On June 23rd, we were able to open our doors and slowly allow volunteers back. In preparation we had to poll our volunteers and find out who actually was comfortable enough to come back and who could offer the most service. We were only able to have 15 volunteers out of our 200 plus when we reopened.
Since our reopening we now have 81 volunteers helping us with our limited on-grounds opportunities, and over 20 teens helping with our conservation efforts. The remaining volunteers in our corps had to make the decision to either be placed on a “”COVID Leave of Absence”” or leave the program. We have also been able to have a couple of events for which we were able to pull from our episodic volunteers. We will reassess our program in the spring and hopefully have more volunteers come back with more opportunities.
We have definitely had to learn to deal with constant change. Our volunteers have so far been awesome with all the new changes and directions we had had to go in. It is disappointing to many that we cannot offer more but they do understand the circumstances. It is a new world we live in and we can only keep adapting to federal, state, and city protocols. Maybe one day we can offer what we used to, but we certainly have found alternative ways to recruit, train, and prepare our volunteers for whatever the future holds, and that, is the most successful outcome anyone can ask for.
– Allison S., The Maryland Zoo in Baltimore
Staying cool, calm and collected amidst uncertainty and so much constant change has been a wild rollercoaster ride.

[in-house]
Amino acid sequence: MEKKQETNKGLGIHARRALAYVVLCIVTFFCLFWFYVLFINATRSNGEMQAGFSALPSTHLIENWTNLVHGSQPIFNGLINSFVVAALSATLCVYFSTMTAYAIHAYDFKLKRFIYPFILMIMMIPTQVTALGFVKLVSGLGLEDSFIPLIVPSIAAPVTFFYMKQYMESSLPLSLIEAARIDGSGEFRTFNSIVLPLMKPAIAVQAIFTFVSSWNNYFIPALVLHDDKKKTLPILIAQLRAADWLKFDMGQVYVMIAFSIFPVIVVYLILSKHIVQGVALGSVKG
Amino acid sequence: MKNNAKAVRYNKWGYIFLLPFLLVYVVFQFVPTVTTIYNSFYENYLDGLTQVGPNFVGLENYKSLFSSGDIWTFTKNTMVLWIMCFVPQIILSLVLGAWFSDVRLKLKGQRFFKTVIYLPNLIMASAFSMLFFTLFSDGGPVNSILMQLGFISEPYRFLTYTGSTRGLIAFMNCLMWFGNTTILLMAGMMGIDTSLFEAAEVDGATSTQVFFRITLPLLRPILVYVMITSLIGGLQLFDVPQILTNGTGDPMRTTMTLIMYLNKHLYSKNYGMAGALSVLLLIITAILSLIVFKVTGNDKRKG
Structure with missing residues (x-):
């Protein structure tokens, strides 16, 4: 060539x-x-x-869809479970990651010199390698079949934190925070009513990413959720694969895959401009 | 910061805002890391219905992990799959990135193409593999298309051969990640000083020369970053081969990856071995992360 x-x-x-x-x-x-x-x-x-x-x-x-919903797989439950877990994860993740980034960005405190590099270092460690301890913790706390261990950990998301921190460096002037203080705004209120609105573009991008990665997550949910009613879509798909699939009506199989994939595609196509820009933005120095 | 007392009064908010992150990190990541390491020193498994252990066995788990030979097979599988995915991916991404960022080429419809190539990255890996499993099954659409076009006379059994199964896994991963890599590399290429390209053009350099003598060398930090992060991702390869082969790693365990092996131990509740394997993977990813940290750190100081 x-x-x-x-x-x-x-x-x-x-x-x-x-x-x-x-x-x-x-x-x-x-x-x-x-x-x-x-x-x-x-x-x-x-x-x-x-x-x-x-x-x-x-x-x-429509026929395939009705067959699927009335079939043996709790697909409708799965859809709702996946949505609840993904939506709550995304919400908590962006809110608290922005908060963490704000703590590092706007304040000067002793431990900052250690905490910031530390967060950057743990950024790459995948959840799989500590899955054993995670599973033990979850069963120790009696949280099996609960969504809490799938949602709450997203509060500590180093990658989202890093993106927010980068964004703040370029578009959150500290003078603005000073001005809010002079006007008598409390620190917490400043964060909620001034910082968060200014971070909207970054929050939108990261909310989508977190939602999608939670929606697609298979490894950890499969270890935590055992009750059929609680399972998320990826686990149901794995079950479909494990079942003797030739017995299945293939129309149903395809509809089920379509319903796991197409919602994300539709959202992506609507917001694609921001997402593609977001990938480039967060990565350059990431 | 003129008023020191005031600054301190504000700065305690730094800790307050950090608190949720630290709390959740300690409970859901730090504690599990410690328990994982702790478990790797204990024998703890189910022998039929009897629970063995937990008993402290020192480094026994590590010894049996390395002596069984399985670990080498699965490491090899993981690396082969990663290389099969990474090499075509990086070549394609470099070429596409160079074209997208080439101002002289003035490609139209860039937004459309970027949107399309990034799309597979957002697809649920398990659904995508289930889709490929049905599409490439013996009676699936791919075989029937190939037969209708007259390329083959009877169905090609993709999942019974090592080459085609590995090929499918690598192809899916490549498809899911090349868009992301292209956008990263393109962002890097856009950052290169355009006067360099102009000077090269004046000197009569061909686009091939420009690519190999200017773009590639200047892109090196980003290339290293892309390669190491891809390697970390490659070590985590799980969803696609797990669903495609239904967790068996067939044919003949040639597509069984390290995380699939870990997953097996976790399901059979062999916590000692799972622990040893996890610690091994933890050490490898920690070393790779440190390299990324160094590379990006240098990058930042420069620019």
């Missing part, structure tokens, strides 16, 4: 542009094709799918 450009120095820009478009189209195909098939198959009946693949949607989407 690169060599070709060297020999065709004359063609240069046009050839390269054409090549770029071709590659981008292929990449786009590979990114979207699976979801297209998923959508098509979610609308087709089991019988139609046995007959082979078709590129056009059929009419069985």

What keeps me going? The many teen volunteers, who make up the majority of the Museum’s volunteer base, that yearn for some type of normalcy in their daily lives and find friendship and good, wholesome busy work by volunteering at the Museum.
In order to keep up with the abundance of applicants (which we are very grateful for and do not take for granted), I’ve had to increase monthly orientation sessions with fewer applicants to accommodate the physical distancing guideline and we also switched to individual trainings rather than large groups.
These changes have heightened the coordination of the program but the silver lining has been more time to pause and take into account the small details that have made a positive impact. Although I would have preferred to have made these changes under different circumstances, I’m glad they are in place and benefiting the volunteers and the program in general.
How do I manage any stress? My therapy comes from being able to interact with the many creative and good hearted teenagers that can lighten my day with a little humor.
In closing, I hope that any difference the Volunteer Program is doing to positively impact volunteers now will be recognized and valued in their lifetime.
Salute to all Volunteer Managers!
– Irene C., Discovery Children’s Museum
Thank you so much to all of these volunteer managers for sharing their stories! We hope that this was inspiring and encouraging for all of you!
We’ll be back again tomorrow with more stories to share, so please don’t forget to join us in continuing the celebration!